Sentencing decisions are within the discretion of the trial
court and we will reverse only upon a showing of abuse of that
discretion. Sims, 585 N.E.2d at 272. When a trial court imposes
the presumptive sentence, we have long held that it will be
presumed on appeal that the trial court considered the proper
factors in making its sentencing determination. Hammons, 493
N.E.2d at 1254; see also Ind. Code Ann. § 35-38-1-7.1 (West 1998)
(listing aggravating and mitigating factors).
When a court engages in a balancing process between
aggravating and mitigating circumstances, it is obligated to
include a statement of its reasons for selecting the sentence
imposed. Hammons, 493 N.E.2d at 1254; Ind. Code Ann. § 35-38-1-3
(Ind. 1998). The trial court is not required to find mitigating
circumstances which are offered by a defendant or to explain why he
has chosen not to make such a finding, Hammons, 493 N.E.2d at 1254-
55, though the failure of a trial court to find mitigating
circumstances which are clearly supported by the record may
reasonably give rise to a belief that they were overlooked and
hence not properly considered, id. at 1255.
It appears clear from the statement the trial judge made at the close of the sentencing hearing that the court indeed engaged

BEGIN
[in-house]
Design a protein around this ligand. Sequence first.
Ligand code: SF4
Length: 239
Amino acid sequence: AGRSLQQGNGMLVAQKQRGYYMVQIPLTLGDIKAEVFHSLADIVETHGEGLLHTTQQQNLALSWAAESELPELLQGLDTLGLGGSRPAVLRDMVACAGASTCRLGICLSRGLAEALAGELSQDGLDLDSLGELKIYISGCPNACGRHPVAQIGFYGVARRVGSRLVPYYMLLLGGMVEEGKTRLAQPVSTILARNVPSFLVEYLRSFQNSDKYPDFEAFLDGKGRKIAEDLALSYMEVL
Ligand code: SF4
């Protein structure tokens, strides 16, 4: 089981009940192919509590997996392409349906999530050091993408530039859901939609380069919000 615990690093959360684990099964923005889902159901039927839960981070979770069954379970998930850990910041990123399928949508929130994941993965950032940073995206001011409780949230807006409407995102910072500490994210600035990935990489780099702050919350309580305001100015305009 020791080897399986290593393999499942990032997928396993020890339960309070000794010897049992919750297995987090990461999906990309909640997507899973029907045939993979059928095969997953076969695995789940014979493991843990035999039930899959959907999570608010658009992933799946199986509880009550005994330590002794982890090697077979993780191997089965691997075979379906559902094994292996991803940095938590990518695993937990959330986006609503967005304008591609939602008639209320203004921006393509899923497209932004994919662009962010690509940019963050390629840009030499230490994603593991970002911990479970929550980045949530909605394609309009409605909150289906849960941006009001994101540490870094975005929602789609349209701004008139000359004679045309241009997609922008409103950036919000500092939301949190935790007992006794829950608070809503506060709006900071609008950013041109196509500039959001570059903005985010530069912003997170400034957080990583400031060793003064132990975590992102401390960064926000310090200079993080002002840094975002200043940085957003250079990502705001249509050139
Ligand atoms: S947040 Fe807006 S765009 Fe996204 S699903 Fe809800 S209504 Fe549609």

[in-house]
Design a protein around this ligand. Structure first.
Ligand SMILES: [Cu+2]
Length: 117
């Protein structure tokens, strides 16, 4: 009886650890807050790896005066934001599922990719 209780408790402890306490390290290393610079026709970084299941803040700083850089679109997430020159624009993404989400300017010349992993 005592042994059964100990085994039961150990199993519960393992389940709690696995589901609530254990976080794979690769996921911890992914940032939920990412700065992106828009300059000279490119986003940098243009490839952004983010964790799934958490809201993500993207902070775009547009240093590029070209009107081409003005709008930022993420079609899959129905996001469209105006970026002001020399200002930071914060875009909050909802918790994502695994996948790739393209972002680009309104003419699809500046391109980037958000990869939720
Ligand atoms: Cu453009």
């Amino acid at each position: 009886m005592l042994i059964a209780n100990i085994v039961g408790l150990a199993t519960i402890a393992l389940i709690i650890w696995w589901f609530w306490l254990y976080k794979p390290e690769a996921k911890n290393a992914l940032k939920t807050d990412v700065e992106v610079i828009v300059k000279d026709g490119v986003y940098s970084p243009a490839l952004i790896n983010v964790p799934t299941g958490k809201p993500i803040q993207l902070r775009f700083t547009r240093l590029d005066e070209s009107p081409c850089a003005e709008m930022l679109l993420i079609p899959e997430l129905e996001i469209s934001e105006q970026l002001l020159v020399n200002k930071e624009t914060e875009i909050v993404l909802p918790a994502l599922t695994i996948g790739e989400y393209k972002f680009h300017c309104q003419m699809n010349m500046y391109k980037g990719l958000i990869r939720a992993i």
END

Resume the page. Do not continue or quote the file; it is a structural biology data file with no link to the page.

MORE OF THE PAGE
in a balancing of aggravating and mitigating factors.See footnote
mitigation, he recognized that Jones' lacked a male role model
during his formative years and that he was only eighteen when he
committed the crime. The judge also indicated several aggravating
factors, including Jones' criminal history at an early age, his
intoxicated state when he committed the crime, and his disregard
for the hardship that his potential incarceration would cause his
young child and girlfriend.
A judge's use of aggravating factors to offset a mitigating
factor in order to arrive at a presumptive sentence is well within
his discretion--indeed it exhibits the type of reasoning required
by our law.
At the heart of Jones' argument, however, is his contention that the trial court failed to consider additional mitigating circumstances strongly supported by the record.See footnote 2 Our review of the record causes us to believe Jones' claim is without merit. What constitutes a "significant" mitigating factor is generally within the discretion of the trial court. See Ross v. State, 676 N.E.2d 339, 347 (Ind. 1997) (stating, "the 'proper' weight to be afforded
by the trial court to the mitigating factors may be to give them no
weight at all.").
We have on occasion found an abuse of discretion on the
grounds that a trial court failed to consider significant
mitigating factors, see, e.g., Tunstill, 568 N.E.2d at 545 (holding
the trial court abused its discretion in failing to consider as
mitigating the undisputed fact that the victim induced the
defendant by delivering unprovoked blows to the defendant). The
mitigating factors argued by Jones are not of the Tunstill caliber,
and the court did not abuse its discretion by declining to give
them such weight as would lead to a reduced sentence.
Dickson, Sullivan, Selby, and Boehm, JJ., concur.